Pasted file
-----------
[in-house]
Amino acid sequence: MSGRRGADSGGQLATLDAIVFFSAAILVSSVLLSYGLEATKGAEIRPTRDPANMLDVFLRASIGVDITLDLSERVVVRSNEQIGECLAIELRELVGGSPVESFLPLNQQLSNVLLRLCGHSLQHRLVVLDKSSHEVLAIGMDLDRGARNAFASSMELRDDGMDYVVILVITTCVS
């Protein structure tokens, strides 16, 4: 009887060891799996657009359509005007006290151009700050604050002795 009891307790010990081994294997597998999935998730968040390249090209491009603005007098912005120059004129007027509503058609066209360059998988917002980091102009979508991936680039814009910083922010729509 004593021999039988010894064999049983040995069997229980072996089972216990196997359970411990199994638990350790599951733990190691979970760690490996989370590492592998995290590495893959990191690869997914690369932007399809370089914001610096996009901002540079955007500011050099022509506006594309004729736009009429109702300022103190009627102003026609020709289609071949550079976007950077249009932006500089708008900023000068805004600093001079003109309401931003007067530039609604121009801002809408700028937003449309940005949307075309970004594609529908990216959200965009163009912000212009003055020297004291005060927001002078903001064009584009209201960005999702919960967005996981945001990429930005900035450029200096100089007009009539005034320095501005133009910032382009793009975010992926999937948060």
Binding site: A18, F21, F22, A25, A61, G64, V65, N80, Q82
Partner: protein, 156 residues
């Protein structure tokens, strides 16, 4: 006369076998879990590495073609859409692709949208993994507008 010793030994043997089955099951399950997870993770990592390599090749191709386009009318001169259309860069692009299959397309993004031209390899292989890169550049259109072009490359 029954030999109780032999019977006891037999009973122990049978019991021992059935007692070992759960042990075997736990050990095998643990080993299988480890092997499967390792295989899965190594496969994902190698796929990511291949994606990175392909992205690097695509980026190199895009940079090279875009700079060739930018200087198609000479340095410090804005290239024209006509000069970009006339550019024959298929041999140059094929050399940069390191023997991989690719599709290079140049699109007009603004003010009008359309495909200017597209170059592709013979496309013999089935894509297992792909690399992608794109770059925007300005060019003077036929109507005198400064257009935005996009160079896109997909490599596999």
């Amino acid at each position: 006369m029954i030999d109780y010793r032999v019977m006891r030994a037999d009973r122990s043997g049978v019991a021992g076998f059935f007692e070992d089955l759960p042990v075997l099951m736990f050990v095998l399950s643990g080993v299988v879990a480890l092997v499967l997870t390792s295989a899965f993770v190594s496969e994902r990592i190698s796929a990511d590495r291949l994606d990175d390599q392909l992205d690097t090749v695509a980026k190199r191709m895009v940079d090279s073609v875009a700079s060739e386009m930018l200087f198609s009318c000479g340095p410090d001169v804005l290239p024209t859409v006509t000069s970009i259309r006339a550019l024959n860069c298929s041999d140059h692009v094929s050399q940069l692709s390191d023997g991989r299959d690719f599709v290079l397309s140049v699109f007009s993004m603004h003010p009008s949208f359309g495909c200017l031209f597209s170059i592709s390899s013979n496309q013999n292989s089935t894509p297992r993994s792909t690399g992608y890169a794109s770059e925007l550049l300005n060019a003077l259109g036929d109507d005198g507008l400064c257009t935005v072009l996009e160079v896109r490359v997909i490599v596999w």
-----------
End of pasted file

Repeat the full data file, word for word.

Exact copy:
[in-house]
Amino acid sequence: MSGRRGADSGGQLATLDAIVFFSAAILVSSVLLSYGLEATKGAEIRPTRDPANMLDVFLRASIGVDITLDLSERVVVRSNEQIGECLAIELRELVGGSPVESFLPLNQQLSNVLLRLCGHSLQHRLVVLDKSSHEVLAIGMDLDRGARNAFASSMELRDDGMDYVVILVITTCVS
């Protein structure tokens, strides 16, 4: 009887060891799996657009359509005007006290151009700050604050002795 009891307790010990081994294997597998999935998730968040390249090209491009603005007098912005120059004129007027509503058609066209360059998988917002980091102009979508991936680039814009910083922010729509 004593021999039988010894064999049983040995069997229980072996089972216990196997359970411990199994638990350790599951733990190691979970760690490996989370590492592998995290590495893959990191690869997914690369932007399809370089914001610096996009901002540079955007500011050099022509506006594309004729736009009429109702300022103190009627102003026609020709289609071949550079976007950077249009932006500089708008900023000068805004600093001079003109309401931003007067530039609604121009801002809408700028937003449309940005949307075309970004594609529908990216959200965009163009912000212009003055020297004291005060927001002078903001064009584009209201960005999702919960967005996981945001990429930005900035450029200096100089007009009539005034320095501005133009910032382009793009975010992926999937948060």
Binding site: A18, F21, F22, A25, A61, G64, V65, N80, Q82
Partner: protein, 156 residues
């Protein structure tokens, strides 16, 4: 006369076998879990590495073609859409692709949208993994507008 010793030994043997089955099951399950997870993770990592390599090749191709386009009318001169259309860069692009299959397309993004031209390899292989890169550049259109072009490359 029954030999109780032999019977006891037999009973122990049978019991021992059935007692070992759960042990075997736990050990095998643990080993299988480890092997499967390792295989899965190594496969994902190698796929990511291949994606990175392909992205690097695509980026190199895009940079090279875009700079060739930018200087198609000479340095410090804005290239024209006509000069970009006339550019024959298929041999140059094929050399940069390191023997991989690719599709290079140049699109007009603004003010009008359309495909200017597209170059592709013979496309013999089935894509297992792909690399992608794109770059925007300005060019003077036929109507005198400064257009935005996009160079896109997909490599596999």
């Amino acid at each position: 006369m029954i030999d109780y010793r032999v019977m006891r030994a037999d009973r122990s043997g049978v019991a021992g076998f059935f007692e070992d089955l759960p042990v075997l099951m736990f050990v095998l399950s643990g080993v299988v879990a480890l092997v499967l997870t390792s295989a899965f993770v190594s496969e994902r990592i190698s796929a990511d590495r291949l994606d990175d390599q392909l992205d690097t090749v695509a980026k190199r191709m895009v940079d090279s073609v875009a700079s060739e386009m930018l200087f198609s009318c000479g340095p410090d001169v804005l290239p024209t859409v006509t000069s970009i259309r006339a550019l024959n860069c298929s041999d140059h692009v094929s050399q940069l692709s390191d023997g991989r299959d690719f599709v290079l397309s140049v699109f007009s993004m603004h003010p009008s949208f359309g495909c200017l031209f597209s170059i592709s390899s013979n496309q013999n292989s089935t894509p297992r993994s792909t690399g992608y890169a794109s770059e925007l550049l300005n060019a003077l259109g036929d109507d005198g507008l400064c257009t935005v072009l996009e160079v896109r490359v997909i490599v596999w």